Women on the record: Q-Music covers Sneaks, Ace of Cups, Shelby Lynne and more
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You can hear the inspiration of the spoken word scene in the songs on Happy Birthday (Merge) by D.C.'s Sneaks (aka Eva Moolchan). You can also detect the influence of musical acts such as Le Tigre and tUnE-yArDs. All of these elements combine to make a thrilling listen. Sneaks gives us plenty of opportunities to work out the kinks in our bodies, as well as plenty to think about, in irresistibly rhythmic numbers such as "Faith," "This World," "Do You Want To Go Out Tonight," and "Mars In Virgo."
Recorded and released before the 2020 election where Kamala Harris made history by becoming the first female Vice President, "Put A Woman in Charge" by pioneering female rock band Ace of Cups has taken on a whole new meaning. That song comes from Sing Your Dreams (High Moon), Ace of Cups' second album. Before Fanny, before The Runaways and long before Sleater-Kinney, Ace of Cups were part of the psychedelic music scene of 1960s San Francisco. Some of that spirit holds over on songs such as "Basic Human Needs" (featuring vocals by Wavy Gravy), "Gemini," "Boy, What'll You Do Then," and "Waller Street Blues."
You have to wonder if Shelby Lynne ever got over the compliment/insult of winning the 2000 Grammy Award for Best New Artist 11 years and five albums after releasing her first full-length disc. As wonky Grammy history goes, this pat on the back/slap in the face might be the all-time most bizarre. Yes, Lynne definitely deserved praise for her breakthrough album I Am Shelby Lynne, but there had to be a better way of going about it. Since that time, she has made the most of her 21st-century creativity burst releasing ten more studio albums, including a Christmas record and one on which she teamed up with kid sister Allison Moorer.
Lynne's newest album, an excellent self-produced, self-titled effort on Thirty Tigers/Everso, may be her most revealing. Recorded and released before COVID-19 began to take its toll, the album cover photo featuring the lower half of Lynne's face covered up feels prescient and hints at her possible side career as a seer. Lynne's previous albums have featured original compositions and collaborations, and Shelby Lynne is no exception. What's noteworthy is that her collaborator on seven of the ten songs is lesbian filmmaker/screenwriter Cynthia Mort.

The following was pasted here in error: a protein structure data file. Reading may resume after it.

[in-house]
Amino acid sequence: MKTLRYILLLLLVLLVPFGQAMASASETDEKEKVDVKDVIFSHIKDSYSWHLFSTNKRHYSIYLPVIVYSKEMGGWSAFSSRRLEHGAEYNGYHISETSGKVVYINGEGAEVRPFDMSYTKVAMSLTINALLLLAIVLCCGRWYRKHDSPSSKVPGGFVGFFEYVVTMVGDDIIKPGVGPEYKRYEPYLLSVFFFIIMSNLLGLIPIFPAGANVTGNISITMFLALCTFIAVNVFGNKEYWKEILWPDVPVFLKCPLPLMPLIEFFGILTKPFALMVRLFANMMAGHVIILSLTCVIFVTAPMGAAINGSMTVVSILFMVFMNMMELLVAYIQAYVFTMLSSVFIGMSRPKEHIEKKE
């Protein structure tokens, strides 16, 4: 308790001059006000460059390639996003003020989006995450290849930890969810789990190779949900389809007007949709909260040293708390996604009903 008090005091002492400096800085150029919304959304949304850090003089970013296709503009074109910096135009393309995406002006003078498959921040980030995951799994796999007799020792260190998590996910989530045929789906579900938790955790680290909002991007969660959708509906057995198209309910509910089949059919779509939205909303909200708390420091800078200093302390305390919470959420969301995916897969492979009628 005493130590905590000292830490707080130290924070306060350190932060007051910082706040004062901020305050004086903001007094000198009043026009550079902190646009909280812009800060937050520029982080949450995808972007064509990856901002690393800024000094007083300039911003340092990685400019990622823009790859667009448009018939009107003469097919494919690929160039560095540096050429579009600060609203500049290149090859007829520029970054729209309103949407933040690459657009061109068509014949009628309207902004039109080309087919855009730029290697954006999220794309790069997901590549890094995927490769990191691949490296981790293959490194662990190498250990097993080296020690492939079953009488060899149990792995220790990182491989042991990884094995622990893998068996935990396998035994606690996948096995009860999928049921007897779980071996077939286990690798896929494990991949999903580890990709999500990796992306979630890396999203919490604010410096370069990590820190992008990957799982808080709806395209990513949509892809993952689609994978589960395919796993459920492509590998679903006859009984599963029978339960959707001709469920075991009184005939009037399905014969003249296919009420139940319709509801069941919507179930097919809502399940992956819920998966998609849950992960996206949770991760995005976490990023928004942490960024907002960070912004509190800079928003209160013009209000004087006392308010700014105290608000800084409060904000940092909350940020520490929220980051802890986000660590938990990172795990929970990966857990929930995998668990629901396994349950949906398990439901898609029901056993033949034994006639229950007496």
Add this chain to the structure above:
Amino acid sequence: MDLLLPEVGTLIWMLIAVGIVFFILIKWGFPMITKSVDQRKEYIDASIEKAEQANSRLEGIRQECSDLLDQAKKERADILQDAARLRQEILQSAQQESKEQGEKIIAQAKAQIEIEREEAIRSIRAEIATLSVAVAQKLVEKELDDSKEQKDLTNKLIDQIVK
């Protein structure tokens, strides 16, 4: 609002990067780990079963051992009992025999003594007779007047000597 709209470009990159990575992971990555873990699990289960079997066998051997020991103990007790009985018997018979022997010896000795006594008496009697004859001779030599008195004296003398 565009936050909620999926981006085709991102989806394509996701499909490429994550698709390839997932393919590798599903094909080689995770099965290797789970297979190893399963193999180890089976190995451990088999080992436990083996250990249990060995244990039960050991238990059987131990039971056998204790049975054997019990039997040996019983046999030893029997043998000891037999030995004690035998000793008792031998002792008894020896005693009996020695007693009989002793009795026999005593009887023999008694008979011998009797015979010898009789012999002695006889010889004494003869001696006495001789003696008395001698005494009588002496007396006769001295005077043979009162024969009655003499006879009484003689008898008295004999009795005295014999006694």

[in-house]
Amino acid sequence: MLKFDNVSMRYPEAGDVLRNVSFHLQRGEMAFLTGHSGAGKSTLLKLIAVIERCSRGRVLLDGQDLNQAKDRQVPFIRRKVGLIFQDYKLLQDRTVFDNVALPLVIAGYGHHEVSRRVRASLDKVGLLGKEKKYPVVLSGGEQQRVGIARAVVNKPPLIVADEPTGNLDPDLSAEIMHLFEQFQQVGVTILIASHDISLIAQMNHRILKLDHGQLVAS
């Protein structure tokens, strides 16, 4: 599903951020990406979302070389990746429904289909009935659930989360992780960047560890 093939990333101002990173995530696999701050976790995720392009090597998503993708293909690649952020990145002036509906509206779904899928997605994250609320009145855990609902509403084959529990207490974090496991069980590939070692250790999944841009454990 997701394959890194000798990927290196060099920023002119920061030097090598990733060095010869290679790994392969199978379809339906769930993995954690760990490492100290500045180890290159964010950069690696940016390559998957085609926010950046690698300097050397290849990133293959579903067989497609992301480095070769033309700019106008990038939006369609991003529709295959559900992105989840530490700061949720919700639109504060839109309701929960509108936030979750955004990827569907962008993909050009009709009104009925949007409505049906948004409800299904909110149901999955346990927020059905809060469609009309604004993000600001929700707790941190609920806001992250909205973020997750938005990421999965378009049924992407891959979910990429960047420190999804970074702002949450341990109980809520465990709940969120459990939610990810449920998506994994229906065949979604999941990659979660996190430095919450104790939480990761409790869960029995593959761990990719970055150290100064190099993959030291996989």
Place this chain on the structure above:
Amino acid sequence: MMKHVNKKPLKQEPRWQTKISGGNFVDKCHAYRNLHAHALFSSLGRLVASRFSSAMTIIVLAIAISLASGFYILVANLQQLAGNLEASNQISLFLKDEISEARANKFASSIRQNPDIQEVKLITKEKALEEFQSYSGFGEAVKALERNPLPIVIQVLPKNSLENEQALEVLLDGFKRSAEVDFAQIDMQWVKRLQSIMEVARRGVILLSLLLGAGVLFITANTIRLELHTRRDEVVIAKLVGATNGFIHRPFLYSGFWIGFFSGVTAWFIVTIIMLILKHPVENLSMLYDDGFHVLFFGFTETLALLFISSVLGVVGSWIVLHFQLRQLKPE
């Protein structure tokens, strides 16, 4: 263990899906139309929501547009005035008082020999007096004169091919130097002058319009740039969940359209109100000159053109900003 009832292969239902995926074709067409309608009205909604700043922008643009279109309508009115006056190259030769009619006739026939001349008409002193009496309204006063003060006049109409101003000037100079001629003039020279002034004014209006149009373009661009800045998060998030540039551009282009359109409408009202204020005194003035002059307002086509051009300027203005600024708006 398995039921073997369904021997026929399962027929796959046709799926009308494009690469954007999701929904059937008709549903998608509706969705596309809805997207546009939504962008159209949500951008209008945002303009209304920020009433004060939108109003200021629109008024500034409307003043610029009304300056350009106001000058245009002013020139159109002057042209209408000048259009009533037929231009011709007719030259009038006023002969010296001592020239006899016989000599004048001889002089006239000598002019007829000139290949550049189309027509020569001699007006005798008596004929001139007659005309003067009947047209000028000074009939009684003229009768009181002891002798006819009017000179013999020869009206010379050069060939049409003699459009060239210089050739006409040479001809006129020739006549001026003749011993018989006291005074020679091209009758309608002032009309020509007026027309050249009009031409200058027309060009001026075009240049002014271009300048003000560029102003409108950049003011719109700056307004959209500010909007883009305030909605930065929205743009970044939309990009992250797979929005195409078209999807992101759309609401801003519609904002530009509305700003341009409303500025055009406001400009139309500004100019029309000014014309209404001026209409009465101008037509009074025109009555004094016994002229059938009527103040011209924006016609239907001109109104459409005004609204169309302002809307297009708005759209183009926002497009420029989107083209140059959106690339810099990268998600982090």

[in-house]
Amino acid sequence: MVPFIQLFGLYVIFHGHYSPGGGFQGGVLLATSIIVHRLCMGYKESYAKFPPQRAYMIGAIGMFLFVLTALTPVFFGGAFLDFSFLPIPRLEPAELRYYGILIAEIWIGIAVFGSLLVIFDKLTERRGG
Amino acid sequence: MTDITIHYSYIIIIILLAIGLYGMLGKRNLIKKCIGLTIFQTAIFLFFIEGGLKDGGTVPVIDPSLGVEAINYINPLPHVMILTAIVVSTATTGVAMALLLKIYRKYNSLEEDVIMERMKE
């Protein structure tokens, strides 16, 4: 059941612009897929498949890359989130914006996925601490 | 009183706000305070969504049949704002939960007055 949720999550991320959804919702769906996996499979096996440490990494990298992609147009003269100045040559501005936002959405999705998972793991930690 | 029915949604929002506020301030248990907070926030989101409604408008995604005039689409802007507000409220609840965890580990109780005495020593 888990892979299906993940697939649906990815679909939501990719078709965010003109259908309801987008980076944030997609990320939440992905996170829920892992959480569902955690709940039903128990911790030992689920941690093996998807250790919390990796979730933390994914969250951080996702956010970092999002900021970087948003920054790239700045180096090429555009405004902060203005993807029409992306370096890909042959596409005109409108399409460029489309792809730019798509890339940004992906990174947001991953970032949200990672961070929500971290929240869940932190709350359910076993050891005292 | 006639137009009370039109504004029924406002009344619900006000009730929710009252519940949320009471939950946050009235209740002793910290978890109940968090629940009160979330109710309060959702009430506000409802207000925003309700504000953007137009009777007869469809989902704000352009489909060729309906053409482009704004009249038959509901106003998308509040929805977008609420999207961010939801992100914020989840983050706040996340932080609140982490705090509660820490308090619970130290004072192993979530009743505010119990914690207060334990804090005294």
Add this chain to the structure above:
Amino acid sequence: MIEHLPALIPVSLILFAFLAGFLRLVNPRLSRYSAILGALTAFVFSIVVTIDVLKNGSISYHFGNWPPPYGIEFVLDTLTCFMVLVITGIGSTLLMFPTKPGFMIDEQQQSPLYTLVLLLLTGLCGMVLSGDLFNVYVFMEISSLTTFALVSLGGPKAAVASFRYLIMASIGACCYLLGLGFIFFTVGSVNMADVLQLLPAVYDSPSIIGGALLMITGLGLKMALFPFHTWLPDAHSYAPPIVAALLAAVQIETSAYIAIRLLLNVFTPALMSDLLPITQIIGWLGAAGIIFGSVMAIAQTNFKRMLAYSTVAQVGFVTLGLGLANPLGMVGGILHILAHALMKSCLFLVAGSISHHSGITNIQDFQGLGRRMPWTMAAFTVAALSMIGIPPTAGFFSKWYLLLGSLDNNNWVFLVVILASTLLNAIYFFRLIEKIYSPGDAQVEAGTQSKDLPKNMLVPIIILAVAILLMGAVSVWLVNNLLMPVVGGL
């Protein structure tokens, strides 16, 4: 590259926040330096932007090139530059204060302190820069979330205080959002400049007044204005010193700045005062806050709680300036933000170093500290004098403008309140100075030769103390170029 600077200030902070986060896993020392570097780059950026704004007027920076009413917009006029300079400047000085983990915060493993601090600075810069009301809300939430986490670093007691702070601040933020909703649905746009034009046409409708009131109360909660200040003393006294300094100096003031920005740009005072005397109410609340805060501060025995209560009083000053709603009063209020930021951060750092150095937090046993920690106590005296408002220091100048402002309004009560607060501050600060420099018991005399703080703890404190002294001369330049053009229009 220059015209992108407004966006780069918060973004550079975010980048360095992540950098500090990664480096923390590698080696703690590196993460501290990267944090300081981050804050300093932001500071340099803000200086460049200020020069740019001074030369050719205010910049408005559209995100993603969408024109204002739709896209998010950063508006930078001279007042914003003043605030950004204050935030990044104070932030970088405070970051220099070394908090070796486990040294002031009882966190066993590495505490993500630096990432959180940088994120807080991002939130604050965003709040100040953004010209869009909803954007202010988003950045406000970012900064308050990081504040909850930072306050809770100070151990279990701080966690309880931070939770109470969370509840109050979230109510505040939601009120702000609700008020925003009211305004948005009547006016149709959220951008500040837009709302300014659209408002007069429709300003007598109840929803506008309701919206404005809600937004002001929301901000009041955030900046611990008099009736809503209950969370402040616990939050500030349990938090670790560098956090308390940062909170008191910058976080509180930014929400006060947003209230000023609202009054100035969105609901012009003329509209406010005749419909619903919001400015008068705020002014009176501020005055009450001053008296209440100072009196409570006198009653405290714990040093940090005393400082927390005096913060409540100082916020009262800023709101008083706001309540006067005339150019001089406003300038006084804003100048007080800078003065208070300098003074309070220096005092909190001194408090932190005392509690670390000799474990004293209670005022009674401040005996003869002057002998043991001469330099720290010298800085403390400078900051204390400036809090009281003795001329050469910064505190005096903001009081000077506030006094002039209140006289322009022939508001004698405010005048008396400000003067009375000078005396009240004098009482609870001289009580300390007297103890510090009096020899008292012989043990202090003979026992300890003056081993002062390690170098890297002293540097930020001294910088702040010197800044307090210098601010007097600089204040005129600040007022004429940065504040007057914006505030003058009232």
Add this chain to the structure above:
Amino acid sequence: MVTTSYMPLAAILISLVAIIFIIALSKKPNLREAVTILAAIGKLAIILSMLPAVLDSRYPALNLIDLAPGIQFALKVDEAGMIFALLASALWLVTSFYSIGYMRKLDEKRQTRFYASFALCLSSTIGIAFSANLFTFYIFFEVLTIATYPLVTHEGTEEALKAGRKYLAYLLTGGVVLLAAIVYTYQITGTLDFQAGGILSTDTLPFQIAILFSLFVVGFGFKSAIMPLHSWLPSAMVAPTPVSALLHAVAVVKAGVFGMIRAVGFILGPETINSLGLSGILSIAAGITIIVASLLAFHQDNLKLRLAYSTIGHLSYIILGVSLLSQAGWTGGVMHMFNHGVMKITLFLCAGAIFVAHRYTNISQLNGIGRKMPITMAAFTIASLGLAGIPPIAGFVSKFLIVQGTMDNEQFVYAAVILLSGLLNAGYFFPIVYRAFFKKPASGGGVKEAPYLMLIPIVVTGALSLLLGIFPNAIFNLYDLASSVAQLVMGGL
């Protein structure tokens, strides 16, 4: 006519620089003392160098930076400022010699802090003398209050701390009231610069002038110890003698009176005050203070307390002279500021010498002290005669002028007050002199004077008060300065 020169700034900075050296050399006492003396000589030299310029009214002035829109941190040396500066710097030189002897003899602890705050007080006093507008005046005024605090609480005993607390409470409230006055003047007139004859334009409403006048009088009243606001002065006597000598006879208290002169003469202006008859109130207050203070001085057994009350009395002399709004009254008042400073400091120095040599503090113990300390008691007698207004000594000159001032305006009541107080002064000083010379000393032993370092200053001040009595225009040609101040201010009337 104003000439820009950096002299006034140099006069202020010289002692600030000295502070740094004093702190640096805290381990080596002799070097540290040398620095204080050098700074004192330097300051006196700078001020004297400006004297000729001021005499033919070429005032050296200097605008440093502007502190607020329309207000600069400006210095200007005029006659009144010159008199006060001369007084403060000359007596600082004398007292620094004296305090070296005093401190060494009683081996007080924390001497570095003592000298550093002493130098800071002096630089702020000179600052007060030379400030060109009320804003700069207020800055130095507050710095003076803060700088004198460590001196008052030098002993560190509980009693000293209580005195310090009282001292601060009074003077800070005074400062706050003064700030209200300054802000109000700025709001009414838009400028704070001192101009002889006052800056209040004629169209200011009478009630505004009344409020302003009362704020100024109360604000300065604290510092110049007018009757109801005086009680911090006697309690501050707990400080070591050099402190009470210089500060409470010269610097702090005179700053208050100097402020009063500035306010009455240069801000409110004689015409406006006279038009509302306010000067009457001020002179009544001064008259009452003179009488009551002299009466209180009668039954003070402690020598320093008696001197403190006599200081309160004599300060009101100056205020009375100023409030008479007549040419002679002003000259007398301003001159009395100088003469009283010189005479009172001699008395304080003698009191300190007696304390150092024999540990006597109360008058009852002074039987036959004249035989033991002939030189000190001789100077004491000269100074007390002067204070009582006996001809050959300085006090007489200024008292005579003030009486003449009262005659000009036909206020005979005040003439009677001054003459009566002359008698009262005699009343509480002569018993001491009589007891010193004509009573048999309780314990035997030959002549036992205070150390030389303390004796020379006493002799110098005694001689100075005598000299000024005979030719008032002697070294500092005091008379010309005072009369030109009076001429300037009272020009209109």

The famously private Lynne, who has said in the past, "Everybody's a little gay," may be letting a little light into her dark closet. Regardless of who she loves, Lynne still sounds great, her voice maturing like a fine wine. Most of the songs owe more to R&B and pop than country, Lynne's initial musical genre. "I Got You" and "Don't Even Believe In Love," for example, sound like they would be right at home on any release from the Hi Records catalog. "Love Is Coming" could be a lost Angel Olsen tune. "Revolving Broken Heart" is pure torch song and "Here I Am" gives Lynne a chance to show off her belter's skills. www.shelbylynne.com
One thing you can say about Emily Cross is that she's not sitting idle. When she's not performing with Dan Duszynski as one half of Cross Record, she's singing lead as one third of Loma, along with Duszynski and Jonathan Melburg of Shearwater. After the first listen you won't want to shy away from Loma's second album Don't Shy Away (Sub Pop). Comprised of some of the most haunting dream pop you are likely to hear any time soon, Loma will dazzle you on "Ocotillo," the heat generating "Half Silences," the exotic "Elliptical Days," the gentle club rave of "Given A Sign" and the colorful "Blue Rainbow."
Music is the universal language. So, even if you don't speak a lick of French, you are bound to find something to your liking on L'Ere du Verseau (Recreation Center) by French duo Yelle, led by Julie Budet. More than a dozen years since Yelle's domestic debut Pop-Up, the pair returns with its most admirable effort. Still electro-fueled, Yelle has found a rein in some of the more contrived aspects of previous efforts (we're talking to you, Dr. Luke) and the results are moving in more ways than one. Standout tracks include "Menu du Jour," "Karate," "Vue D'en Face," "Peine De Mort," "OMG!!!" and the Giorgio Moroder-esque "Interpassion."
Technicolor (Mondo Mundo/Thirty Tigers) is the second album by Sweet Lizzy Project featuring lead vocals by Lisset Diaz. Originally from Havana, Cuba and now based in Nashville, the quintet has a distinctive sound and style, which you can hear immediately on the opening titular track which develops into a scorcher as it progresses. "Turn Up The Radio" has a tasteful twang and "Ain't Nobody to Call" is a potential arena rocker. That's The Mavericks joining SLP on "The Flower is in the Seed" and "Travel to the Moon" is fittingly out of this world.
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